The Leave No One Behind Partnership

Without effective engagement of street dwellers and marginalised groups in public policy discourse, their voices will go unheard and their problems unresolved. To realise the promise of ‘Leave No One Behind’ (LNOB), national and local governments must look beyond national averages and take special measures to harness inclusive data on the most marginalised.

In 2017, twelve large international civil society organisations, national NGOs and community groups formed the Leave No One Behind Partnership for inclusive data generation. The coalition works to identify those most at risk of being left behind in SDG implementation and seeks to address their needs.1

Five national coalitions in Bangladesh, India, Kenya, Nepal and Vietnam collaborated to identify marginalised groups, analyse drivers of exclusion, and develop specific policy recommendations. Using official SDG indicators to inform their work, they also developed unique indicators to capture drivers of exclusion that are not adequately reflected in national monitoring. So far, over 2,000 representatives of marginalised groups have been engaged in data collection and trained in a wide array of monitoring tools and approaches, including household surveys, focus groups and key informant interviews.

Inclusive Data Collection is Imperative for Addressing the Needs of the Marginalised

In Bangladesh, the coalition undertook a qualitative study on access to universal health care among street dwellers using SDG target 3.8 on quality essential health care services2. The study identified that even if facilities exist and there is free healthcare provision, street dwellers face other barriers when they want to access the services. Poor communication about health care provision and the difficulties in reaching certain groups lead to a general lack of information on the existence and availability of the free services to which they are entitled.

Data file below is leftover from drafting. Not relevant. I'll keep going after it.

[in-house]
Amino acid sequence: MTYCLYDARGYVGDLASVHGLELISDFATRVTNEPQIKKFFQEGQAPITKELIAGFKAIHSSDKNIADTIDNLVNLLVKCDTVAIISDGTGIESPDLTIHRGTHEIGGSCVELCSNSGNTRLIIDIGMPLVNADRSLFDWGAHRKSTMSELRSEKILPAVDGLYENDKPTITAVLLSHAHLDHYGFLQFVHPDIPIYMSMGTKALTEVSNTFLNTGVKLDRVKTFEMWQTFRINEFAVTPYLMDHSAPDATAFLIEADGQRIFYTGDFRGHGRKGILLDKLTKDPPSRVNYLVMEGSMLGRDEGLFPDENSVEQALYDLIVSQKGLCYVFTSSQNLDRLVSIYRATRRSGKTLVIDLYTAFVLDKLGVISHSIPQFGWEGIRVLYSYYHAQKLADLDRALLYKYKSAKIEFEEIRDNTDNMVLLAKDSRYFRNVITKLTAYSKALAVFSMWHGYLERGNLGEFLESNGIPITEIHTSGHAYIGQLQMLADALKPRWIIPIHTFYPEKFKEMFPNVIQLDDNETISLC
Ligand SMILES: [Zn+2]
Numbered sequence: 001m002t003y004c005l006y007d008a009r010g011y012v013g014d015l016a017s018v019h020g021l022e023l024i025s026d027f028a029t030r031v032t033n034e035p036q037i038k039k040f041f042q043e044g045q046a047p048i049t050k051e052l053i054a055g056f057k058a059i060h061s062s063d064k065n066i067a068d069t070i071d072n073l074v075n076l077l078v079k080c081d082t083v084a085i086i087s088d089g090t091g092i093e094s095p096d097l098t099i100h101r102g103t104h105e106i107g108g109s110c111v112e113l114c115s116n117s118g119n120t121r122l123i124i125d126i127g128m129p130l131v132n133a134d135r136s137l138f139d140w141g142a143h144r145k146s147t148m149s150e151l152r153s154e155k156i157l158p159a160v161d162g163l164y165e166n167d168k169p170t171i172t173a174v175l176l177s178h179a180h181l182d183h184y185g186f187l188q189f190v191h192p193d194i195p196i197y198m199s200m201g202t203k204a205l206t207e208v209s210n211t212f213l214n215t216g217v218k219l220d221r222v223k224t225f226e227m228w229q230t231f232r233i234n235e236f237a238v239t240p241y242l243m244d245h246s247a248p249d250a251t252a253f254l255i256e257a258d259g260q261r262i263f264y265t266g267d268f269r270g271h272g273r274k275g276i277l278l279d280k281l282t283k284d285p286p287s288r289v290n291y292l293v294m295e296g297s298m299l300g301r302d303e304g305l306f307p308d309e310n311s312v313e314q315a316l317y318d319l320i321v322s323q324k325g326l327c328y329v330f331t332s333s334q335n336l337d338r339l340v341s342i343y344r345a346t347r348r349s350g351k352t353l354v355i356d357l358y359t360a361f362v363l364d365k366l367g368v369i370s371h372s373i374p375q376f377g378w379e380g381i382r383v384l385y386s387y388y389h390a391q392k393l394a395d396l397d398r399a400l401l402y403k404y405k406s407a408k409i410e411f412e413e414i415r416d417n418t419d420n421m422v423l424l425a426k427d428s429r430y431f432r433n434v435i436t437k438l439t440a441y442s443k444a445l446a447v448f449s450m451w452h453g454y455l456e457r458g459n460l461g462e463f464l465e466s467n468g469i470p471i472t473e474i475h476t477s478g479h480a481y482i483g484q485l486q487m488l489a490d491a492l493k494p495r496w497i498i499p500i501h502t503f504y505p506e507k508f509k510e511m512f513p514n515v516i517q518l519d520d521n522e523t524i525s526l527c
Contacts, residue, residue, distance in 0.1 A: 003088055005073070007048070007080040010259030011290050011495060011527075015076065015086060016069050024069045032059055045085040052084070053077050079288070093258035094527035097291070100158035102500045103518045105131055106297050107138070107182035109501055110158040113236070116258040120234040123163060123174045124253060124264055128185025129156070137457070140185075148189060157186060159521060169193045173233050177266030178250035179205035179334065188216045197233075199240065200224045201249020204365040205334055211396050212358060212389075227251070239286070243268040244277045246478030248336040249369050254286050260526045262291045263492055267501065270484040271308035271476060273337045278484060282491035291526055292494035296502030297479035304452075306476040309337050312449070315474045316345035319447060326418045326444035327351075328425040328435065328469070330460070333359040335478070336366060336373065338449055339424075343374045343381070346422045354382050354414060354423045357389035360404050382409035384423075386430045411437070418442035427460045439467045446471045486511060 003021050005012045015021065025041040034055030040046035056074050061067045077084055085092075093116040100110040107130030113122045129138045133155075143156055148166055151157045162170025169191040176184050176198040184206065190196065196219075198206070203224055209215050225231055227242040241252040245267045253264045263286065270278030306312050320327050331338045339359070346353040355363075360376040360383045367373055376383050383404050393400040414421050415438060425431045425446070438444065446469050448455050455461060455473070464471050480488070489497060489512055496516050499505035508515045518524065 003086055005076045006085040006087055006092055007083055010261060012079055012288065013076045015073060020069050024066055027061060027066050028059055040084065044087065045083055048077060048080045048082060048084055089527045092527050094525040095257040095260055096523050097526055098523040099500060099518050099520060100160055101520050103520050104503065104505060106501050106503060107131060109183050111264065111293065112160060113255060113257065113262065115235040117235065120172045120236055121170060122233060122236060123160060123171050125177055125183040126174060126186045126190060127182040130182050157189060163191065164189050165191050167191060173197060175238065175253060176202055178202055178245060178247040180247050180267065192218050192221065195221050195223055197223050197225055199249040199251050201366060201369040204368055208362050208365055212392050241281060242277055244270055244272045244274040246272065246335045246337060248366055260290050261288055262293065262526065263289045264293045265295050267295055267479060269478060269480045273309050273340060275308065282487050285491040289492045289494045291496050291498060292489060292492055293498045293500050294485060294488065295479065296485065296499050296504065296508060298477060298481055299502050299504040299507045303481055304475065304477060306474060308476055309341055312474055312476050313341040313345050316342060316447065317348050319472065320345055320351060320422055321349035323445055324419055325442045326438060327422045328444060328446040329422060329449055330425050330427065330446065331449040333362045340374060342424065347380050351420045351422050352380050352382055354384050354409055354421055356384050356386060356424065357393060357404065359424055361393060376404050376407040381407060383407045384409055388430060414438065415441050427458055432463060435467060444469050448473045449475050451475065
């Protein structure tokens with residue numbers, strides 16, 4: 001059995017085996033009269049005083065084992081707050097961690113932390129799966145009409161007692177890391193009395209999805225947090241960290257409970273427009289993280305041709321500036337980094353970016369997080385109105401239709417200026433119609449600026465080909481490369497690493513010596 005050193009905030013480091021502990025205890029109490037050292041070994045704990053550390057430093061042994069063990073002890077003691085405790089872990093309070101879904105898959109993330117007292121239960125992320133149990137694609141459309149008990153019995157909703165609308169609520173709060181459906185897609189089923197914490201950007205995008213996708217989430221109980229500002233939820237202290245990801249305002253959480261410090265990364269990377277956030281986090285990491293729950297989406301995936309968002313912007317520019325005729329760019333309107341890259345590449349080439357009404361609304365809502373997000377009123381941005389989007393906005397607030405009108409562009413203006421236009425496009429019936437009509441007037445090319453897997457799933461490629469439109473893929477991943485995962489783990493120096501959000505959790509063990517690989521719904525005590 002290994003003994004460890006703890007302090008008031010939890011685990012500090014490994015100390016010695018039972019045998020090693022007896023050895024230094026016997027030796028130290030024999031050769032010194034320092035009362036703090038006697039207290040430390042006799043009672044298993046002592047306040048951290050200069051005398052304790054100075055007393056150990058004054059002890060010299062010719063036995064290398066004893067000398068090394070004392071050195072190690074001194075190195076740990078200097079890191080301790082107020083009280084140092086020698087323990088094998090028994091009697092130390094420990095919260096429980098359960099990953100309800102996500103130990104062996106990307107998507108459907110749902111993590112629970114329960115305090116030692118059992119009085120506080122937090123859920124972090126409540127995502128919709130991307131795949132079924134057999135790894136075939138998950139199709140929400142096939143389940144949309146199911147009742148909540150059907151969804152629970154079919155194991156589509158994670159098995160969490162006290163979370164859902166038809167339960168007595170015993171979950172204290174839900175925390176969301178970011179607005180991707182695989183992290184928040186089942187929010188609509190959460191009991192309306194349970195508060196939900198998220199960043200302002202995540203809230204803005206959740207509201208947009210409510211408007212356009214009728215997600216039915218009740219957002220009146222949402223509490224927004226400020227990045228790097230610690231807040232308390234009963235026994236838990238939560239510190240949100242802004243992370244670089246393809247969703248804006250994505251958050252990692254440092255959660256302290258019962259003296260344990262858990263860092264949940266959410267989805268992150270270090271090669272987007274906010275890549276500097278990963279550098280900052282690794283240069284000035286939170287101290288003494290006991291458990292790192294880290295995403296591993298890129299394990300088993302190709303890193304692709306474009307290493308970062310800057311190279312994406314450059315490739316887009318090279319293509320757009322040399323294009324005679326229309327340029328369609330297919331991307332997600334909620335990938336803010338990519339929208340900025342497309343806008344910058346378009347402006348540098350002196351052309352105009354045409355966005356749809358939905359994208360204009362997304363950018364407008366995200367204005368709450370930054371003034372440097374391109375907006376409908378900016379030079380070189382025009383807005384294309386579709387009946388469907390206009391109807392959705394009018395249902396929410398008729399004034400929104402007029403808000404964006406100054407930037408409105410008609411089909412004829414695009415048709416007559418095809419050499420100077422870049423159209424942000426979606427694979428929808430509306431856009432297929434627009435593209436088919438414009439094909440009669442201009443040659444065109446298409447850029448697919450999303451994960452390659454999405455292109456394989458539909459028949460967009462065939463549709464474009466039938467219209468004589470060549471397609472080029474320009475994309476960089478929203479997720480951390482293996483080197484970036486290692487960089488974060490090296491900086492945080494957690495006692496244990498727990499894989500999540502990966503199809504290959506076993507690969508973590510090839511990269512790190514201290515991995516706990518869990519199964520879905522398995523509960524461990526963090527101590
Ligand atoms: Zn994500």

Financial hardship, long hospital queues, the absence of identity cards, and geographical distance from health care facilities are additional reasons street dwellers remain excluded from access to basic health services. Women and girls on the streets face additional gendered struggles due to the lack of appropriate child birth and maternal health facilities.

The partnership’s use of inclusive methods has engaged community members in data collection and amplified their voices in local and national advocacy work. Each coalition presented their findings in dissemination workshops with local and national government authorities. In Kenya, the coalition worked with the platform ‘SDG Kenya’ to influence changes in the language and data collection tools of the national census towards a more inclusive approach. In India, the use of citizen-generated data has allowed community members to better understand the national SDG context, monitor progress and hold local decision makers accountable. This demonstrates how civic education builds the skills and awareness for marginalised groups to demand their representation and fundamental rights.